After notification, attorneys in Whitehall and Brussels would begin negotiating, piece by piece, a new trade relationship, including tariffs, how open the UK borders will be for travel, and a variety of hot button immigration issues.  Estimates vary, but nobody seems to think the process will take less than five years to complete, and current arrangements will stay in place until new ones are agreed upon.

The exit agreement also requires obtaining the consent of the EU Parliament.  When was the last time the EU parliament got anything done quickly? The answer is never. Heck, even Prime Minister David Cameron’s splashy Friday morning resignation is not effective until October. For the foreseeable future, despite what you read and hear, the UK is still part of the Eurozone.

An alternative that is being widely discussed is a temporary acceptance of an established model—similar to Norway’s. Norway is not an EU member, but it pays EU dues, and has full access to the single market as if it was a member.  However, that would require the British to continue paying EU budget dues and accept free movement of workers—which were exactly the provisions that voters rejected in the referendum.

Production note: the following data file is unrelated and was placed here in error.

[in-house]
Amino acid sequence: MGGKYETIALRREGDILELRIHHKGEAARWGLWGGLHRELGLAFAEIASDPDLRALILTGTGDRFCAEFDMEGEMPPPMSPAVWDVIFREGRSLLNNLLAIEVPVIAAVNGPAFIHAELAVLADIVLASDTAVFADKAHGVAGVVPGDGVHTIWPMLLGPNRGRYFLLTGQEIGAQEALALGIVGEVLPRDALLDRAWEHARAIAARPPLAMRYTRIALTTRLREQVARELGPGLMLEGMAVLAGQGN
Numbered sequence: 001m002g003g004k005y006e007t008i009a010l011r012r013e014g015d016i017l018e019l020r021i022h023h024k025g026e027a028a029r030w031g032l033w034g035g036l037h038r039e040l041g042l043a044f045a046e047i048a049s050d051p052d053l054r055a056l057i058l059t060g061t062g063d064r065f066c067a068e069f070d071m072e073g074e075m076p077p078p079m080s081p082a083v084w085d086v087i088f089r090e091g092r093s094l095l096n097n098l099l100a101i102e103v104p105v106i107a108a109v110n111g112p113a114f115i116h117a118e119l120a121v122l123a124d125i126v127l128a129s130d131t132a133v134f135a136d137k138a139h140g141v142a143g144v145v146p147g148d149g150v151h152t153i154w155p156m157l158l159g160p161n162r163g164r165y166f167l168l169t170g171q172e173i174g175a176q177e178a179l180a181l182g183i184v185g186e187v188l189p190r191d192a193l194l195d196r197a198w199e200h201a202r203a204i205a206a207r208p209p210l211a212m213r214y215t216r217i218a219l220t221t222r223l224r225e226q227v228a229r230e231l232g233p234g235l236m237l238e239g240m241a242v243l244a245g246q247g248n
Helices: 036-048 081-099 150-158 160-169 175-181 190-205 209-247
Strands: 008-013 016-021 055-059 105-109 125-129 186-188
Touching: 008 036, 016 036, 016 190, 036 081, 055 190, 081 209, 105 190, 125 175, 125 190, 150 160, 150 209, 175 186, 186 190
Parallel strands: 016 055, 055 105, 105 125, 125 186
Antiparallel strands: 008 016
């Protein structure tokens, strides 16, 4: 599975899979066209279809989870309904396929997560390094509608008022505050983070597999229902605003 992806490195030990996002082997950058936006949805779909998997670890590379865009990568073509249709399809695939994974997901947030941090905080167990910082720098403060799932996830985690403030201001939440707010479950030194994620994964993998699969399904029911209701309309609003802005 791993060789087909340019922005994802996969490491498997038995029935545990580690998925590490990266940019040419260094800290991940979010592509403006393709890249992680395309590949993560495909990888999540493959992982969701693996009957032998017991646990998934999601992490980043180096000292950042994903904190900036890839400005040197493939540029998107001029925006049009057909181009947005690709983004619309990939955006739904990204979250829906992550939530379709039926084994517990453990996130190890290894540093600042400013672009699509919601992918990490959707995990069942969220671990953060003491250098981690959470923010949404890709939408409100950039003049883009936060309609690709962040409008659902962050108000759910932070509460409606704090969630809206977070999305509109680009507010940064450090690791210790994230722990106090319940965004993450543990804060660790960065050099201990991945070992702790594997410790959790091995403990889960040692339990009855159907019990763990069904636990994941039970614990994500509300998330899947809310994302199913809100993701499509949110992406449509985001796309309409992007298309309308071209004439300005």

Meanwhile, since the Brexit vote is not legally binding, it’s possible that the new government might decide to delay invoking Article 50.  Or Parliament could instruct the prime minister not to invoke Article 50 until the government has had a chance to further study the implications.  There could even be a second referendum to undo the first.

The important thing for everybody to remember is that the quick-twitch traders and speculators on Wall Street are chasing sentiment, not underlying value, and the markets right now are being driven by emotion to what is perceived as an event, but is really a long process that will be managed by reasonable people who aren’t interested in damaging their nation’s economic fortunes.  Nobody knows exactly how the long-term prospects of Britain, the EU or American companies doing business across the Atlantic will be impacted by Brexit, but it would be unwise to assume the worst so quickly after the vote.

When I want to gauge the intermediate-term economic outlook, I often look at how the large commercial traders are positioned in copper. Being the most basic component of the home/commercial building engine, how they’re positioned in copper tells me how optimistic they are on the economy. As of this week, they’re positioned more bullishly in copper than they have been in the past few years. I would say that offers us some degree of hope about the future of the global economy, even if one country amounting to less than 1% of the global population decides that it doesn’t want to be in an economic union anymore with the rest of Europe.